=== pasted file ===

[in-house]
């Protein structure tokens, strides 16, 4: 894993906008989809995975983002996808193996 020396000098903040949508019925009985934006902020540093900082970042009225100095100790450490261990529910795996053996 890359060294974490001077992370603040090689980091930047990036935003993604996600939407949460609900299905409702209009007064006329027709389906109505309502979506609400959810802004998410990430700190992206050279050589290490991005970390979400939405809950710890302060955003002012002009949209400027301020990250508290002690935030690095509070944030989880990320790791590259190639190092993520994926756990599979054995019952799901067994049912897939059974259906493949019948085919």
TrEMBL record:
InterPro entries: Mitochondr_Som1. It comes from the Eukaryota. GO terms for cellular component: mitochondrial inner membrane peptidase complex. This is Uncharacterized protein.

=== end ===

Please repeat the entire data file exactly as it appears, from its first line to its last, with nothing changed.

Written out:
[in-house]
């Protein structure tokens, strides 16, 4: 894993906008989809995975983002996808193996 020396000098903040949508019925009985934006902020540093900082970042009225100095100790450490261990529910795996053996 890359060294974490001077992370603040090689980091930047990036935003993604996600939407949460609900299905409702209009007064006329027709389906109505309502979506609400959810802004998410990430700190992206050279050589290490991005970390979400939405809950710890302060955003002012002009949209400027301020990250508290002690935030690095509070944030989880990320790791590259190639190092993520994926756990599979054995019952799901067994049912897939059974259906493949019948085919």
TrEMBL record:
InterPro entries: Mitochondr_Som1. It comes from the Eukaryota. GO terms for cellular component: mitochondrial inner membrane peptidase complex. This is Uncharacterized protein.